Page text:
The University of Utah's Independent Student Voice

The Daily Utah Chronicle

The University of Utah's Independent Student Voice

The Daily Utah Chronicle

The University of Utah's Independent Student Voice

The Daily Utah Chronicle

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Self-Imposed Limitations, Microagressions on College Campuses


Since joining the Pac-12 in 2011, the U has clearly exhibited a juxtaposition of the 20th century and the modern era. Near ubiquitous construction has spread across campus like wildfire, resulting in gleaming new colleges, libraries and exercise facilities. Aging relics — such as the Behavioral Sciences Tower — urgently await demolition. Yet, these changes only account for what is physically observable, speaking little to the remarkable intellectual transition among students. With the emergence of awareness of microaggressions, has come a clear departure from the classic values of the past, and we are working towards a society that abstains from offensive thought.

A term coined by Harvard professor Chester M. Pierce in 1970, microaggression is defined as the “brief, everyday exchanges that send denigrating messages to certain individuals because of their group membership.” Since their conception, microaggressions have extended into every daily interaction, whether it be verbally communicated or not. Thus, while its roots date back nearly 40 years, the ideology’s popularity is a relatively new phenomenon.

Originating in liberal college campuses, naming microaggressions was an attempt to discuss the discriminatory underpinnings of modern society. According to Derald Sue of Columbia University, “microaggressions are often unconsciously delivered in the form of subtle snubs or dismissive looks, gestures, and tones.” For instance, if a minority student were to walk into a building and observe murals of only white men, this would constitute an environmental microaggression. The student would clearly feel underrepresented. Indeed, while discrimination is technically illegal, it still affects minority groups.

Microaggressions have slowly evolved, so that now they generate a sense of victimhood, a defining characteristic of many university students. Professors are now forced to reconsider each word, otherwise facing political protest from students across campus. Last year, following an email to students expressing freedom of choice regarding Halloween costumes, a Yale professor resigned due to student outrage. At Clark University, incoming freshman are taught about the intricacies of microaggressions, beginning during orientation. Phrases such as, “can you help me with my homework,” said to the wrong person, are labeled examples of propagating stereotypes.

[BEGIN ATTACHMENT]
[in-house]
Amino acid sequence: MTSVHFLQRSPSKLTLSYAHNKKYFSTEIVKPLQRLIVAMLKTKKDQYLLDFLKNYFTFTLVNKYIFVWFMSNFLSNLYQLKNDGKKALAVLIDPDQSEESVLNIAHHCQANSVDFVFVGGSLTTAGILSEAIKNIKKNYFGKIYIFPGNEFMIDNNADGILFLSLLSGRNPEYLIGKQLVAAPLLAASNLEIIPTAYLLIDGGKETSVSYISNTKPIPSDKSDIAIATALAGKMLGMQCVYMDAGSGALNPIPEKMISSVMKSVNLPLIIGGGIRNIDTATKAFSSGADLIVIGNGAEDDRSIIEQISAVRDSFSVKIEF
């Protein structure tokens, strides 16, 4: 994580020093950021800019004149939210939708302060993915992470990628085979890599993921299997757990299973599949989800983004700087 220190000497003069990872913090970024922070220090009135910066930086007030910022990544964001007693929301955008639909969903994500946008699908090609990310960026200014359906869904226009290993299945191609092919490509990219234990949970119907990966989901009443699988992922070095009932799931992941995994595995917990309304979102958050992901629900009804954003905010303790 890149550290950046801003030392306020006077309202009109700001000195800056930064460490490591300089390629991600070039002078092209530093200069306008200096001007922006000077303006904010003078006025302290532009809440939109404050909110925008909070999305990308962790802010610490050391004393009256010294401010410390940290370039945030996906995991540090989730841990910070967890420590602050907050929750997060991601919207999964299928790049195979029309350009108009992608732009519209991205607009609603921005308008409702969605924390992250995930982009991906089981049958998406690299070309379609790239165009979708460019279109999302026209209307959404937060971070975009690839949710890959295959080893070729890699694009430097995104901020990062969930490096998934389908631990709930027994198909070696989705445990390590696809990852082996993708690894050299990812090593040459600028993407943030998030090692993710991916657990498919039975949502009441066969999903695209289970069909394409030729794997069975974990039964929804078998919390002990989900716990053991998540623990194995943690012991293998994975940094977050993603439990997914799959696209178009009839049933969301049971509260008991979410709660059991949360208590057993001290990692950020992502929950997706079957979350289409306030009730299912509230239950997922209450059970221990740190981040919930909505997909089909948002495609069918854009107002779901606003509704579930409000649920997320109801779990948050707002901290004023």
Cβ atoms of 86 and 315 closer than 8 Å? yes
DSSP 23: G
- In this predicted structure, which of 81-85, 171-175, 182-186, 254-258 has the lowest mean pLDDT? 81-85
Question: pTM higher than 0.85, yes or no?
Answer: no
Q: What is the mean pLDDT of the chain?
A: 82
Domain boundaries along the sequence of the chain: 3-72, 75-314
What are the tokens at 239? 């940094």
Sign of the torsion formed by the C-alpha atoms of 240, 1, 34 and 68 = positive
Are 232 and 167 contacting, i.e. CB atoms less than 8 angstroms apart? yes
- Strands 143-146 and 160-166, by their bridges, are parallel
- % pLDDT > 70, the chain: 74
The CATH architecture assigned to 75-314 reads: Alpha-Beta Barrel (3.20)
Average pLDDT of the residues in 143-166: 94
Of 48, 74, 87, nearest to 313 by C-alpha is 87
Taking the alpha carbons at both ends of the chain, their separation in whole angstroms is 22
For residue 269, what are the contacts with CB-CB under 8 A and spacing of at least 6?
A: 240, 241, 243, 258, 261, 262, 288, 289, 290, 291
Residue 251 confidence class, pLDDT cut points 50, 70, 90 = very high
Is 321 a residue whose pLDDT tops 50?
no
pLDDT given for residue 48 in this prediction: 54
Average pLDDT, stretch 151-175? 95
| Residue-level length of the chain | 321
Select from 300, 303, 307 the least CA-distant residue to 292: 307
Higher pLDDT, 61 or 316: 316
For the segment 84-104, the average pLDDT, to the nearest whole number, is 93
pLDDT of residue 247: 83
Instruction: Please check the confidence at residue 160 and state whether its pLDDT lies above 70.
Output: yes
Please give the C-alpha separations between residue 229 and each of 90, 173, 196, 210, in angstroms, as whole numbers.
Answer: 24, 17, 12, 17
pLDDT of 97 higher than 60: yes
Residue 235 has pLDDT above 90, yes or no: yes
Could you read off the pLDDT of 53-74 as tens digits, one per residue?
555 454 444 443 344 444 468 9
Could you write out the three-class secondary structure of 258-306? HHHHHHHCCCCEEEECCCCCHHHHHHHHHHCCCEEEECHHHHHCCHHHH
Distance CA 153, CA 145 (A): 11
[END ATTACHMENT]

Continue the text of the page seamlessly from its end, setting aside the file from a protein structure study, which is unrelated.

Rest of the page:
At the University of Minnesota, a document distributed to students sets forth a series of microaggressions of which students should be constantly conscious. While some of these make sense, such as, “You are a credit to your race,” there are many others that have no merit. Simply equating America to being a melting pot supposedly forces minority students to assimilate into the dominant [white] culture. Not only is this an excessive barrier to free speech, but it lays the foundation for using the excuse of microaggressions to abstain from studying offensive materials. The intent of each university should be to educate students, not pander to each group of individuals.

At the U’s College of Social Work, along each wall is a poster describing a specific microaggression. Yet beneath each of these quotes, there is a portrait of a white male, leaning back in his office chair. On a single wall is a painting of a female, but even she is white. This is unabridged irony, and a failure by college administrators to adequately support their message. Therein lies the problem with microaggressions; they have simply lost meaning. Instead of promoting intellectual discourse of racial injustice, microaggressions have polarized college campuses.

Students who belong to the majority aren’t fond of being informed that their subtle, unintentional actions mean they’re biased against minorities. These students are subsequently forced to defend themselves, which preserves a broken system. Conversely, those who support checks on language grow increasingly disenfranchised, as their majority counterparts do not support strict rules on communication. Whenever something offensive is said, students immediately see themselves as victims, creating a tirade of upheaval and protest. In lieu of mob mentality, peaceful discussion should be preferred — it rarely is, though.

While less apparent, the presence of racism still lingers in the United States. Although identifying microaggressions began as an appropriate way of identifying discrimination, it’s become an overbearing language barrier. This prevents open dialogue, which limits discussion of modern injustice. If one cannot ask where someone was born, for fear of suggesting superior “Americanism,” where will language end up ten years from now? Will law schools be forced to abandon teaching law because it has too many sensitive, unfair attributes? The U.S. is far from having complete societal equality, that much is undeniable. Yet, if the pracitice of calling out microaggressions isn’t reformed, inequality will persist unabated. It’s on college students to begin that process.

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